In January 2016, Melissa Mangos attended the Canadian Celebration of Women in Computing conference, inspired by Professor Wendy Powley. "It was so cool meeting women from different schools and all the professional women in computing. It was how I came up with Sudo. Talking to a lot of people, I found that other cities like Toronto and Montreal had initiatives for women to learn programming but Kingston didn't have anything like that."
Four months later, she launched Sudo in Kingston, with the help of some Queen's friends.
At the rear of The Sanctuary, up a flight of stairs, five students sat quietly behind their computers on Saturday afternoon, listening intently to their instructor and taking all the relevant notes.
Remember, it is still August, and these people weren’t in a class. They were at a workshop put on by Sudo called “Exploring Data Science with R.”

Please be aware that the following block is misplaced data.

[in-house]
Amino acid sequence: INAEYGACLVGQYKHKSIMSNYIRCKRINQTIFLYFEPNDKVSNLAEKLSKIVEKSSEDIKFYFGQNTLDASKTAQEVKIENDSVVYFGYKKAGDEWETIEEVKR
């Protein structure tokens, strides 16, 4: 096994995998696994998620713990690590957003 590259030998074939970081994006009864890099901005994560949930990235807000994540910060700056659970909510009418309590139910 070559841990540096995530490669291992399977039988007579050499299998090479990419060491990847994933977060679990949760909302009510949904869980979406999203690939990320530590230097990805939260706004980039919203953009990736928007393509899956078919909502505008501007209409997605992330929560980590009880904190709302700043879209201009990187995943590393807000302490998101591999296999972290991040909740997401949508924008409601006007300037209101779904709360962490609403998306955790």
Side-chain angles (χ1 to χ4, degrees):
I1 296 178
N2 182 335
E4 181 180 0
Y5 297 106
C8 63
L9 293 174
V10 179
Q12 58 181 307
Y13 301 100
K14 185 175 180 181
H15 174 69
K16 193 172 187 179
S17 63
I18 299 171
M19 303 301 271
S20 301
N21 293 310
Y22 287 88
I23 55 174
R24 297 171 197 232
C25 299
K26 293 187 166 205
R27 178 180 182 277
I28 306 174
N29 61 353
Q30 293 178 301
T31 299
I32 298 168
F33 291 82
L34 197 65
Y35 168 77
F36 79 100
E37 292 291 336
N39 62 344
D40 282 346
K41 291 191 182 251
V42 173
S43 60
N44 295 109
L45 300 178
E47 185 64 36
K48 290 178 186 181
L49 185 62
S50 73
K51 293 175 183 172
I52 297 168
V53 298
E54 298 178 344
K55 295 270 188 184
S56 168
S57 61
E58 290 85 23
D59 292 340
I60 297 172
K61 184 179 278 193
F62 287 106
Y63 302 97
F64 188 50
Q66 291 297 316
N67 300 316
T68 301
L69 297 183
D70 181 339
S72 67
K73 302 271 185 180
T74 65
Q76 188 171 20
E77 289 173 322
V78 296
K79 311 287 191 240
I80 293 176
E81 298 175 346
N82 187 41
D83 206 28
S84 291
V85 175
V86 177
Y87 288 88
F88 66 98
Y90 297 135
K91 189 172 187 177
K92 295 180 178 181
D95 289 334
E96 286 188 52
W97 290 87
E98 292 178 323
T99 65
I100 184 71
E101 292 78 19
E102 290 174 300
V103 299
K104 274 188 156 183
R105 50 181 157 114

When Queen’s graduate Melissa Mangos attended the Canadian Celebration of Women in Computing conference in January 2016, she noticed a lack of initiatives available for female computer programmers in Kingston. To remedy the lack of female involvement, Sudo was born four months later.
The Hour of Code is taking place this week in schools. Students younger than ever will be exposed to computer coding.
A new community group called Sudo aims to empower women through computer programming skills.
KINGSTON - In a business world becoming more and more technology-oriented, a new Kingston non-profit organization is encouraging women to become masters of their own web domain.
The initiative is called Sudo, which is also the name of a Linux command that allows users to install, update and access files on a server. Paralleling that, the initiative aims to install new technical skills, update existing computer knowledge and help women in the community access empowerment.